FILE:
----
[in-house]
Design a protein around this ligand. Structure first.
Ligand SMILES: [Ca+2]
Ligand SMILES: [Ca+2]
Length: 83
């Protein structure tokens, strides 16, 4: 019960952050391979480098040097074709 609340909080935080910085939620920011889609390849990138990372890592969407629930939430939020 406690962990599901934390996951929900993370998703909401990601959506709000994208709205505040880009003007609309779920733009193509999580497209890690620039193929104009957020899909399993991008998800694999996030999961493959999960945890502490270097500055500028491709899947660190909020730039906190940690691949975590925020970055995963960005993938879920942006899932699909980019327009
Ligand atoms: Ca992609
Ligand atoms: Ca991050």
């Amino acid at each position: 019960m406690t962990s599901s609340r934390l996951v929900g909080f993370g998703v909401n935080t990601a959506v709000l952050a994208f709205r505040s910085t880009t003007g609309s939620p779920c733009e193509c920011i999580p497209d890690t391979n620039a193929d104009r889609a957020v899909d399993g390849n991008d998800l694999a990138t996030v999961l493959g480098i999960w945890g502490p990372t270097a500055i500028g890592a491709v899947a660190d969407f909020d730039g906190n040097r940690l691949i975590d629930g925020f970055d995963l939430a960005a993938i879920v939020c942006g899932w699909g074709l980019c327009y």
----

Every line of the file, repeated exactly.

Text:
[in-house]
Design a protein around this ligand. Structure first.
Ligand SMILES: [Ca+2]
Ligand SMILES: [Ca+2]
Length: 83
């Protein structure tokens, strides 16, 4: 019960952050391979480098040097074709 609340909080935080910085939620920011889609390849990138990372890592969407629930939430939020 406690962990599901934390996951929900993370998703909401990601959506709000994208709205505040880009003007609309779920733009193509999580497209890690620039193929104009957020899909399993991008998800694999996030999961493959999960945890502490270097500055500028491709899947660190909020730039906190940690691949975590925020970055995963960005993938879920942006899932699909980019327009
Ligand atoms: Ca992609
Ligand atoms: Ca991050």
């Amino acid at each position: 019960m406690t962990s599901s609340r934390l996951v929900g909080f993370g998703v909401n935080t990601a959506v709000l952050a994208f709205r505040s910085t880009t003007g609309s939620p779920c733009e193509c920011i999580p497209d890690t391979n620039a193929d104009r889609a957020v899909d399993g390849n991008d998800l694999a990138t996030v999961l493959g480098i999960w945890g502490p990372t270097a500055i500028g890592a491709v899947a660190d969407f909020d730039g906190n040097r940690l691949i975590d629930g925020f970055d995963l939430a960005a993938i879920v939020c942006g899932w699909g074709l980019c327009y």